(Genesis 2:20, Masoretic) וַיִּקְרָ֨א הָֽאָדָ֜ם שֵׁמֹ֗ות לְכָל־הַבְּהֵמָה֙ וּלְעֹ֣וף הַשָּׁמַ֔יִם וּלְכֹ֖ל חַיַּ֣ת הַשָּׂדֶ֑ה וּלְאָדָ֕ם לֹֽא־מָצָ֥א עֵ֖זֶר כְּנֶגְדֹּֽו׃

(DRB) And Adam called all the beasts by their names, and all the fowls of the air, and all the cattle of the field: but for Adam there was not found a helper like himself.

Virtually all of the English, Greek, and Latin translations translate מצא in this verse as "was found" (passive voice). I find this very surprising, because מצא is in the Qal 3ms form, and the Qal corresponds to the active voice. Normally the Niphal is used for passive voice, so one would expect to see נמצא in Genesis 2:20. What is going on?

Would a more literal translation be, "for Adam he did not find a helper like himself."?

For your answers, please do not just copy and paste long lexicon entries or parallel bible versions unless they are relevant to your argument. I have already referenced the BDB and Gesenius's Hebrew-Chaldee Lexicon, as well as the numerous parallel translations on Biblehub.

2 Answers 2


Reviewing the context of the passage might help us ascertain what's going on, and therefore what the 'literal' translation ought to be. As such, I think a review of the immediate context is in order. My translation follows.

And the Lord God said: It is not good for the man to be alone: I will make him a helper for a counterpart. And the Lord God, forming from the earth every kind of beast of the field, and every kind of bird of the air, brought them to the man to see what he would call them: that whatever he called them might be their name. And the man gave names to every animal, and every bird of the air, and every beast of the field. But he found no helper for the man, that was his counterpart. So the Lord God caused a deep slumber to fall upon the man: and he slept. And he took one of his ribs, and closed the place up with flesh. And the Lord God made the rib which he took from the man into a woman, and brought her to the man. And the man said: At last, bone of my bone, and flesh of my flesh! Let her be called Woman, since she was taken from Man. Which is why a man leaves his father and mother, and cleaves to his wife: and the two become one flesh.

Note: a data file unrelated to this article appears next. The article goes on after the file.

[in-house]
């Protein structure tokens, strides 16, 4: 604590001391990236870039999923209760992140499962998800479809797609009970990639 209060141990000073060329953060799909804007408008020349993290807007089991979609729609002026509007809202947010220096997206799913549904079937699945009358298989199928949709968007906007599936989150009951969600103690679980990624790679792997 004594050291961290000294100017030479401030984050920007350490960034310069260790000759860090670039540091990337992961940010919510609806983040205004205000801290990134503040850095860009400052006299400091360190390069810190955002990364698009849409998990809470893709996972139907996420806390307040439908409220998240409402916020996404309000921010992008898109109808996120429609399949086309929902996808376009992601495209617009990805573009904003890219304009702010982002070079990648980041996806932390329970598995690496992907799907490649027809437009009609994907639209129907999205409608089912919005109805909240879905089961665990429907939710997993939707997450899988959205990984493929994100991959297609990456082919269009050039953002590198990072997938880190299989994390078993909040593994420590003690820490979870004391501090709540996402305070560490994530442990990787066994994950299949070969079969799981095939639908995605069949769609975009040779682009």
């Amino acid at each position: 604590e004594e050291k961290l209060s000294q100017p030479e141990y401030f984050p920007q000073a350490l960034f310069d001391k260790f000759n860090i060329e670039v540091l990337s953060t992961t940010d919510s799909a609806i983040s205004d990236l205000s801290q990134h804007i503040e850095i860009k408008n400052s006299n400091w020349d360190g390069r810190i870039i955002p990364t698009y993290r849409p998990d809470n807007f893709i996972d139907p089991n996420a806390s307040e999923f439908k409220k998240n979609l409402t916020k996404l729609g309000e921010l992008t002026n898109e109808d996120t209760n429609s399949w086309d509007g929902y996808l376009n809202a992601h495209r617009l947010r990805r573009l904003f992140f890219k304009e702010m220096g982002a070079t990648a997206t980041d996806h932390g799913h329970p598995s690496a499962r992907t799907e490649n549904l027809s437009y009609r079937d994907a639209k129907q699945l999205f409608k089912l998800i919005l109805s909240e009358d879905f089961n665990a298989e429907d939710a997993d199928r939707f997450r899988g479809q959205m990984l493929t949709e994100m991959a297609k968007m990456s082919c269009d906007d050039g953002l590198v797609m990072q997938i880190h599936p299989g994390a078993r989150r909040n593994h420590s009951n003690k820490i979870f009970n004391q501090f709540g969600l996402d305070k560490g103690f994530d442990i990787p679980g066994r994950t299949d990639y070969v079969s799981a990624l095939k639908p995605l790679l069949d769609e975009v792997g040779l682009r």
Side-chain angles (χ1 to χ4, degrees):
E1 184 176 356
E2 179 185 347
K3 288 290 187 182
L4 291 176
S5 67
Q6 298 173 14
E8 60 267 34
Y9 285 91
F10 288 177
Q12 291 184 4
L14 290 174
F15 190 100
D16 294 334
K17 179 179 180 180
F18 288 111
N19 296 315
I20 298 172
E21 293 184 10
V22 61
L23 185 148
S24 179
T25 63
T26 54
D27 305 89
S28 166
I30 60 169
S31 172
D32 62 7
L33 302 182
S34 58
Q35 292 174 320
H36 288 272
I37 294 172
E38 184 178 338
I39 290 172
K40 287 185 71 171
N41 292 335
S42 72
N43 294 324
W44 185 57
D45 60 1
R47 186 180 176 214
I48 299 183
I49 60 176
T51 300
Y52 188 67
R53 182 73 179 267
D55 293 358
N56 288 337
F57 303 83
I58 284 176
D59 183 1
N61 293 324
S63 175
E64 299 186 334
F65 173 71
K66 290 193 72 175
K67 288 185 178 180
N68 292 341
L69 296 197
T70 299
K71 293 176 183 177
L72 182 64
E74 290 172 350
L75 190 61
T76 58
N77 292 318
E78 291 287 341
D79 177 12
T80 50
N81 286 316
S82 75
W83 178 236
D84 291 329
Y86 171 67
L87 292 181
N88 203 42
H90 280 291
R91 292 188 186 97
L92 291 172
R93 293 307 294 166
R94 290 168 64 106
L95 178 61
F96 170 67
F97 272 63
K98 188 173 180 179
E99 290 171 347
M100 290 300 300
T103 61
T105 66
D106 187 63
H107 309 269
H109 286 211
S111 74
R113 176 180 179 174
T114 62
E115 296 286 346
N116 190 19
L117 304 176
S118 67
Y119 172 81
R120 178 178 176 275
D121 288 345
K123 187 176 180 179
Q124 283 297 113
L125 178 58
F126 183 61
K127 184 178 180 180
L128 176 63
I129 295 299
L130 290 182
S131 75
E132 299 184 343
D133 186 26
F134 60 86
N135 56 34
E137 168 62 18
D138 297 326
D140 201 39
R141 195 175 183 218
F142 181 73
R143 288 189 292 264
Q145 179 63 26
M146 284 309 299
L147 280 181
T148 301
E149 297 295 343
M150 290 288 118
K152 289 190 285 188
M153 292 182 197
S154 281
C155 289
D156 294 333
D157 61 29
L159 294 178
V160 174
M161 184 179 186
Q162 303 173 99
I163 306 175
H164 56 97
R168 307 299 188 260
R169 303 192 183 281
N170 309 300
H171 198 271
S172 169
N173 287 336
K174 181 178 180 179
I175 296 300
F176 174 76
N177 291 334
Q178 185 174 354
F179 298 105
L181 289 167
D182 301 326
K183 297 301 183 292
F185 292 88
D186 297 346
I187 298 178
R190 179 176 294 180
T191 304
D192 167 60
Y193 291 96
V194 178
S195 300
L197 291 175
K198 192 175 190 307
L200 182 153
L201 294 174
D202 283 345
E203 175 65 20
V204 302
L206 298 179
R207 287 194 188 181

The portions I have italicized, I think, are best understood as parenthetical, or 'commentary,' to the main narrative.

The active "he found" follows from "the Lord God said ... I will make him a helpmate..." and not from "And the man gave names..." therefore, the making passive of the active "he found" must be stylistic in nature (i.e. due to the distance between the governing noun agent ("the Lord God") and what continues after the 'parenthetical' section.

If the passive was meant, it would, as you have suggested, have used the word namisa; and if "Adam/the man found no..." was meant, it would have said, presumably, "w'lo misa ha'adam..."

This is my humble assessment.


According to Joüon and Muraoka,1

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Likewise, Nordheimer wrote,2

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וּלְאָדָם לֹא מָצָא עֵזֶר כְּנֶגְדּוֹ

Therefore, the active voice “and for Adam one did not find a help meet like him” may be understood as the passive voice “And for Adam a help meet was not found like him.”


        1 Joüon; Muraoka, p. 543, § 155b
        2 Nordheimer, Book 3, p. 46, § 763


Joüon, Paul; Muraoka, Tamitsu. Grammar of Biblical Hebrew. 3rd Reprint. 2nd ed. Rome: Gregorian & Biblical Press, 2011.

Nordheimer, Isaac. A Critical Grammar of the Hebrew Language. New York: Wiley, 1842.

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